Nigeria, South Africa Now Relate At Highest Level
The Nigerian and South African government have elevated their bi-national commission, which was operating at the ministerial level, to the highest level, between the Head of States and reviewed several existing bilateral and multilateral relations between them.
This was disclosed by the President of both countries, Muhammadu Buhari of Nigeria and his South African counterpart, Jacob Zuma while speaking with journalists at a joint press briefing at the Presidential Villa, Abuja.
South Africa-Nigeria Bi-national Commission was established in 1999, and both countries have about 30 standing bilateral agreements and memorandum of understanding.
Zuma, who is in Nigeria on a two-day working visit, said the development was hinged at promoting trade and economic relationships between the two countries which would also give the Presidents enough room to re-solidify, monitor and sustain the nation’s relations that date back to the days of South African liberation from apartheid.
“We have recognized the important role played by the South Africa-Nigeria Bi-national Commission since its inception in 1999. As we forge a strategic partnership between the two sister nations, we have decided to elevate the Bi-national Commission (BNC) to the level of Heads of State,” Zuma said.
“In this way, my brother and I will be able to lead as well as monitor progress in various areas of cooperation.”
Zuma also revealed that the South African Government was working on releasing the $15 million arms procurement funds ceased from the previous administration, noting that relevant South African agencies were still investigating other transfers that seemed illegitimate but assured that the government would release every fund belonging to Nigeria at the conclusion of their investigations.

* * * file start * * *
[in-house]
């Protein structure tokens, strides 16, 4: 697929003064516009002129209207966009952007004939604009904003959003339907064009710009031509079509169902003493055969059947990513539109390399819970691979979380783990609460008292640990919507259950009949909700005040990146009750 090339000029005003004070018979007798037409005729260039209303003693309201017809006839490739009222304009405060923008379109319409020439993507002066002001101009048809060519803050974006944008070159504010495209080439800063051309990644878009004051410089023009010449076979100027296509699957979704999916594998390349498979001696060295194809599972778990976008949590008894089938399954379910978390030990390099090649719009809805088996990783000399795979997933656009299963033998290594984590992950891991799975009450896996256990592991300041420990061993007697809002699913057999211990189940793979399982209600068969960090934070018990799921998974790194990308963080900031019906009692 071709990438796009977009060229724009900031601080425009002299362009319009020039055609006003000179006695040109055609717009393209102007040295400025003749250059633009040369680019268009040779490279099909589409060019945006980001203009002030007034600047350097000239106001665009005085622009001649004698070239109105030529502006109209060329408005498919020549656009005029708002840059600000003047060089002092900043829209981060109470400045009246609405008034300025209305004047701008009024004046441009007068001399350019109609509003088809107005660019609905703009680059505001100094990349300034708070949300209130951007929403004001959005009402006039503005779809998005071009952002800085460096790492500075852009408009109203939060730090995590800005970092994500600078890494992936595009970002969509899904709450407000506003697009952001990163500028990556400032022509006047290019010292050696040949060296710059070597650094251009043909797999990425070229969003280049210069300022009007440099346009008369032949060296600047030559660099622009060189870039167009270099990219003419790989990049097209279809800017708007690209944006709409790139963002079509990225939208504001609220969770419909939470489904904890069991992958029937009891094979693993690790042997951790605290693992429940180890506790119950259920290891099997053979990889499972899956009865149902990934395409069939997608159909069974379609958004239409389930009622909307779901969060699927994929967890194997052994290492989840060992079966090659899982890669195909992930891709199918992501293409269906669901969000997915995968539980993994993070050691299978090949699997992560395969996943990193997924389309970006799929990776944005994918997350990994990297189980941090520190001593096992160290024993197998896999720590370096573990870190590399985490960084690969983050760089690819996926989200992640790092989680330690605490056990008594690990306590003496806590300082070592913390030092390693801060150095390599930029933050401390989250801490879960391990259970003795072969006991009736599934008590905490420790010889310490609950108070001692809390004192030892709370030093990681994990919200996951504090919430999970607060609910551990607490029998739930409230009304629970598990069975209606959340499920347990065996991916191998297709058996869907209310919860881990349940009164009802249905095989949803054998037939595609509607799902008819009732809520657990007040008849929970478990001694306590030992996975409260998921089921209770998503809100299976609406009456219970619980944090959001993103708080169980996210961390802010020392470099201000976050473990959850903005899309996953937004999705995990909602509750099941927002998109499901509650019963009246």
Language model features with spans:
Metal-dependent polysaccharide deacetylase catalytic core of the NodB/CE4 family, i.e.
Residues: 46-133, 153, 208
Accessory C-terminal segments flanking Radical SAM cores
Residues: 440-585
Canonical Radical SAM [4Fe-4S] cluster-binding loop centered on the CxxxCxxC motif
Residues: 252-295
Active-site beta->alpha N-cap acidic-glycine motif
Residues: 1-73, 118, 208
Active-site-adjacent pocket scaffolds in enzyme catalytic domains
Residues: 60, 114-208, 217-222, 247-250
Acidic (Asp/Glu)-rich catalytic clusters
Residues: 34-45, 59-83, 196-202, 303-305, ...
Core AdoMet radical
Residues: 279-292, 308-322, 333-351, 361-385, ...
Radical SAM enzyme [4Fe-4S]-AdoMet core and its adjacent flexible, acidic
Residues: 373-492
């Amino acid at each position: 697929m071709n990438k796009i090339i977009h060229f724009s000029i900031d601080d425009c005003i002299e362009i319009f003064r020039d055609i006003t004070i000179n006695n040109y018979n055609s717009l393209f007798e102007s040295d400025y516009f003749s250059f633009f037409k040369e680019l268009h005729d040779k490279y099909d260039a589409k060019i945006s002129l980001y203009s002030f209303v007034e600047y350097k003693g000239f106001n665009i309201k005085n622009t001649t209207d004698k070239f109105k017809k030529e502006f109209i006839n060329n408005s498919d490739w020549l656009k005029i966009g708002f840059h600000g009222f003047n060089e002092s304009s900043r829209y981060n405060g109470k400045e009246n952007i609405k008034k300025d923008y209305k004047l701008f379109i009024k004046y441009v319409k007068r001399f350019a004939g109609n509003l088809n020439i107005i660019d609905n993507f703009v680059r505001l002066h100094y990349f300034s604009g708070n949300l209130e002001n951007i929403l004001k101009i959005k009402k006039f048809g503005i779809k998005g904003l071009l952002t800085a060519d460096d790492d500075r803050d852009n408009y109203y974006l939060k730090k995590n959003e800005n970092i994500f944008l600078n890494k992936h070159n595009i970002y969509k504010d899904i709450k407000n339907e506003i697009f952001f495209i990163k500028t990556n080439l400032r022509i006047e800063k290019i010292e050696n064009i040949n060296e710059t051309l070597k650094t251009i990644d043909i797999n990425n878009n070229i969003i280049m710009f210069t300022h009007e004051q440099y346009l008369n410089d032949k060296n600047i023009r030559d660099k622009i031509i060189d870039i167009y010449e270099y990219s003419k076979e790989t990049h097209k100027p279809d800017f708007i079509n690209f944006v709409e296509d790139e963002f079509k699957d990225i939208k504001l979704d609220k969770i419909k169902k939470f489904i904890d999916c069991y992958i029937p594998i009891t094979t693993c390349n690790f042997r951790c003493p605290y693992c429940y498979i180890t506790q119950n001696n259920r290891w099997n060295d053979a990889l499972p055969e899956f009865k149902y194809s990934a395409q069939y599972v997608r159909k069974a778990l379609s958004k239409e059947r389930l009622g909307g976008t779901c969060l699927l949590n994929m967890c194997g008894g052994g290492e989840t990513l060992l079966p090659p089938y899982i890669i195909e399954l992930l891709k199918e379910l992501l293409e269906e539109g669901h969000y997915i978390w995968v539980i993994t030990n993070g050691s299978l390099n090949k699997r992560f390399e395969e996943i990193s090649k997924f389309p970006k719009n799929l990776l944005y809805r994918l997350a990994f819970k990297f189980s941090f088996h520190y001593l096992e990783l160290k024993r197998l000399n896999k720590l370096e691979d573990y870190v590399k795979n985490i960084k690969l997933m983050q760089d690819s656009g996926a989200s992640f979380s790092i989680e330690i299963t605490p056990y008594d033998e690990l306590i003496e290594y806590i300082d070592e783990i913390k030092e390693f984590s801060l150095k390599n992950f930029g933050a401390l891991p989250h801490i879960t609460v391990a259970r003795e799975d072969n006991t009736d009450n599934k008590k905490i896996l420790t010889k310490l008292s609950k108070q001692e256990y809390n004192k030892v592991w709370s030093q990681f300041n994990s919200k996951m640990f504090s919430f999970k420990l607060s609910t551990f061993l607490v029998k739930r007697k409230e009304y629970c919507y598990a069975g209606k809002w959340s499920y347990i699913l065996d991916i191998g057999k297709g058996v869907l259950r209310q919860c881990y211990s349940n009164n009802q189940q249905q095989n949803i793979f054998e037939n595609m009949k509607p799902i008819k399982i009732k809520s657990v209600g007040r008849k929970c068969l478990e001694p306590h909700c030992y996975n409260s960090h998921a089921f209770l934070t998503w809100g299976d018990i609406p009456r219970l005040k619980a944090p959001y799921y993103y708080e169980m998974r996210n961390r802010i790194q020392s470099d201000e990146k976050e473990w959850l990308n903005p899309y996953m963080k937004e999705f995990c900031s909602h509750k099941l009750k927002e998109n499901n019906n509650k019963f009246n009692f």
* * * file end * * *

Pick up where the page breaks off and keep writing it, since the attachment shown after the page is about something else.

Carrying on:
GDP Growth Further Reveals Reliance On Oil
The National Bureau of Statistics (NBS), in data made available to the public, has revealed that the economy grew at a lesser percentage than it grew in the third quarter (Q3) of 2015.
According to the NBS, in the Q4 2015, the nation's Gross Domestic Product (GDP) increased by 3.10 percent (quarter on quarter) and grew by 2.11 percent (year-on-year) in real terms which was 0.73 percent points lower from growth recorded in the preceding quarter and 3.83 percent points lower from growth recorded in the corresponding quarter of 2014.
During the Q4, aggregate GDP stood at N25,930,469.41 million (in nominal terms) at basic prices. Compared with the Q4 2014 value of N24,205,863.34 million, nominal GDP was 7.12 percent higher.
Nominal GDP growth was also higher relative to growth recorded in Q3 of 2015 by 1.11 percent points. The Nigerian economy can be more clearly understood according to the oil and non-oil sector classifications.
“During the period under review, oil production stood at 2.16 million barrels per day (mbpd) 0.3 percent lower from production in Q3 of 2015. Oil production was also lower relative to the corresponding quarter in 2014 by 1.0 percent when output was recorded at 2.19mbpd,” a statement by the NBS said.
The non-oil sector grew by 3.14 percent in real terms in Q4 of 2015. This was 0.08 percent points higher from Q3 of 2015, yet 3.30 percent points lower from the corresponding quarter in 2014. In real terms, the non-oil sector contributed 91.94 percent to the nation's GDP, higher from shares recorded in Q3 of 2015 (89.73%) and Q4 of 2014 (91.03%).
Growth in the non-oil sector was largely driven by the activities of trade, crop production and information and communication, other services and real estate.
Story by David Oputah